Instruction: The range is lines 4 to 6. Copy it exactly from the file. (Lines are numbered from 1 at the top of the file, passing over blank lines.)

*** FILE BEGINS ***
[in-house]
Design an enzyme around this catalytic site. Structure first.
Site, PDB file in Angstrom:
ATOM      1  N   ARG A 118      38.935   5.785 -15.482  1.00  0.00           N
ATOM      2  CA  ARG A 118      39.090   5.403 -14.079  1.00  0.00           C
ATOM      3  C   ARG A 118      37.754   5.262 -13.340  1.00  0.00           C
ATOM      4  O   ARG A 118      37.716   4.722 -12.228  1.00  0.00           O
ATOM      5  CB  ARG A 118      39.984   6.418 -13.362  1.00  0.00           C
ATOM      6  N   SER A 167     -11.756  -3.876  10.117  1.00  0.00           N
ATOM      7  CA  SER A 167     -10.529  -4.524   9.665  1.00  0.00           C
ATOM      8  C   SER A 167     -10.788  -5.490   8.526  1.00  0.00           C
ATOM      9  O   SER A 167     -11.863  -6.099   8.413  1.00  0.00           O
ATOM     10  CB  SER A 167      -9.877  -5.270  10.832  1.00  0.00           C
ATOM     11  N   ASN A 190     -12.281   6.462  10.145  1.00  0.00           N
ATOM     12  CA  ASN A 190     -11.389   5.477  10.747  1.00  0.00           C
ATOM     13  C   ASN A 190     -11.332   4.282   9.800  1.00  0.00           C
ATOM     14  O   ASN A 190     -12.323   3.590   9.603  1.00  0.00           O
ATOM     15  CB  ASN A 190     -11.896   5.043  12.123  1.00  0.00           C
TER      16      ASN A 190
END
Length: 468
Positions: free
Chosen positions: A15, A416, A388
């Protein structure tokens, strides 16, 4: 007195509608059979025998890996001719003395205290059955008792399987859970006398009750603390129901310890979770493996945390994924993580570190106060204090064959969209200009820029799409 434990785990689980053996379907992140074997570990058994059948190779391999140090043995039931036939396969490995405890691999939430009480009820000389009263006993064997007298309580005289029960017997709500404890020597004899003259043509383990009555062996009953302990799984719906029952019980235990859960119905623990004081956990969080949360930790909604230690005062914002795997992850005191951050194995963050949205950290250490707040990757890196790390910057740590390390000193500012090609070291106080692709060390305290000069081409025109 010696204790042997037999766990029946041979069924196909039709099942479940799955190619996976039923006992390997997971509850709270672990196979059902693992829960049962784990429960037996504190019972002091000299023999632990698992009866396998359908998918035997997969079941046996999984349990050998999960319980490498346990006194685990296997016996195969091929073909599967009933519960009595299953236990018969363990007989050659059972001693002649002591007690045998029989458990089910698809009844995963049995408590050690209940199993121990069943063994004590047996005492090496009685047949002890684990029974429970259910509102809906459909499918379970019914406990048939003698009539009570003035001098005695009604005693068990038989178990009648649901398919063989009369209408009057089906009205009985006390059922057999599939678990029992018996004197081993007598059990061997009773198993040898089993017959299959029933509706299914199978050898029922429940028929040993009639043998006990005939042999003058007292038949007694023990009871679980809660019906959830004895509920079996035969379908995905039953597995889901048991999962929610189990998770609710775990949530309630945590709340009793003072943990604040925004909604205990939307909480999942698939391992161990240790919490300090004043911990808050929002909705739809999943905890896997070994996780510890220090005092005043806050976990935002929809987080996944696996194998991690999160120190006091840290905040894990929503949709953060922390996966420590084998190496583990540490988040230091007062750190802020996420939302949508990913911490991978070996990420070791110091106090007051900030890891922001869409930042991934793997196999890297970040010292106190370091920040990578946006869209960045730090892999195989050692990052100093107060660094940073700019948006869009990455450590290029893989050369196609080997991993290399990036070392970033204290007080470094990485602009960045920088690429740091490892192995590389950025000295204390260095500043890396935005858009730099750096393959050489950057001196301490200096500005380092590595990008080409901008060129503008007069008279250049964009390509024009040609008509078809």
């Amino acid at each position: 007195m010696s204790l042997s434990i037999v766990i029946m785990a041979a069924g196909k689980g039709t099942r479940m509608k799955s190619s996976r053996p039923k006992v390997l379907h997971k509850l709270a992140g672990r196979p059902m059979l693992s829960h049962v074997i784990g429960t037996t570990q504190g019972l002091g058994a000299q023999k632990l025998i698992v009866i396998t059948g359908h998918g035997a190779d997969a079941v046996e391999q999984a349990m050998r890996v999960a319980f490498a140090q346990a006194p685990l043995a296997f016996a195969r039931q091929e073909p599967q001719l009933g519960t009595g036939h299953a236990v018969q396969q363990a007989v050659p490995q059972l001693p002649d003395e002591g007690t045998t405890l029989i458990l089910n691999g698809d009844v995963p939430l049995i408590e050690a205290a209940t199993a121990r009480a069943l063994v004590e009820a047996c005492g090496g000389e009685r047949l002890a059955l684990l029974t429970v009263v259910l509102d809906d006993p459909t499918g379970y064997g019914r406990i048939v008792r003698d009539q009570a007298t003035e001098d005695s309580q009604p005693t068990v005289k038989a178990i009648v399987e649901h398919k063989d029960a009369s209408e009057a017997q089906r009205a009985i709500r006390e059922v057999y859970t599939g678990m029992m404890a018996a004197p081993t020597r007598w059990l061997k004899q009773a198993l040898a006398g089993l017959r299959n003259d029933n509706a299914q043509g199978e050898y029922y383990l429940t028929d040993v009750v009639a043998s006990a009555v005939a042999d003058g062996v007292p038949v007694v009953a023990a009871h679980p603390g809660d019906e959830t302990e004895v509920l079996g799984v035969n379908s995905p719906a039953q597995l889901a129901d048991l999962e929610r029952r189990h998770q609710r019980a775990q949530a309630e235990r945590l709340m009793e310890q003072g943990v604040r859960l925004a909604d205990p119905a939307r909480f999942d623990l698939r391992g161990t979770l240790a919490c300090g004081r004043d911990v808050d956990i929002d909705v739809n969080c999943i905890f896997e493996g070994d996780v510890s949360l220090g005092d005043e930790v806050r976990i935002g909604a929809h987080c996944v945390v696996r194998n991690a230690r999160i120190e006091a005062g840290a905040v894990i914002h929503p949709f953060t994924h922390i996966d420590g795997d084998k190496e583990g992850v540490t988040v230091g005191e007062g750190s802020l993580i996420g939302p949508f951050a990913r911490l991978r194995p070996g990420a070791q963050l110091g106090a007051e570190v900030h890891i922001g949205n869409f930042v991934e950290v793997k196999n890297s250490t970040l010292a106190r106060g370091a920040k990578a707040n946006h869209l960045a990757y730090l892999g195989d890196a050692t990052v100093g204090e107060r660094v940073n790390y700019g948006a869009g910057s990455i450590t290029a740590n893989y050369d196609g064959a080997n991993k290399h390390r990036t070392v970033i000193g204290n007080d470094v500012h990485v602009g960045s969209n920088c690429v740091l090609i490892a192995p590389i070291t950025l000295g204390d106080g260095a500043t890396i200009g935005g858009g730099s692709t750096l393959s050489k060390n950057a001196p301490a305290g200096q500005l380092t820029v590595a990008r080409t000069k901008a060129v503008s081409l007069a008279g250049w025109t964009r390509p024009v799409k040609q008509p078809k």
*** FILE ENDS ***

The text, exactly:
ATOM      1  N   ARG A 118      38.935   5.785 -15.482  1.00  0.00           N
ATOM      2  CA  ARG A 118      39.090   5.403 -14.079  1.00  0.00           C
ATOM      3  C   ARG A 118      37.754   5.262 -13.340  1.00  0.00           C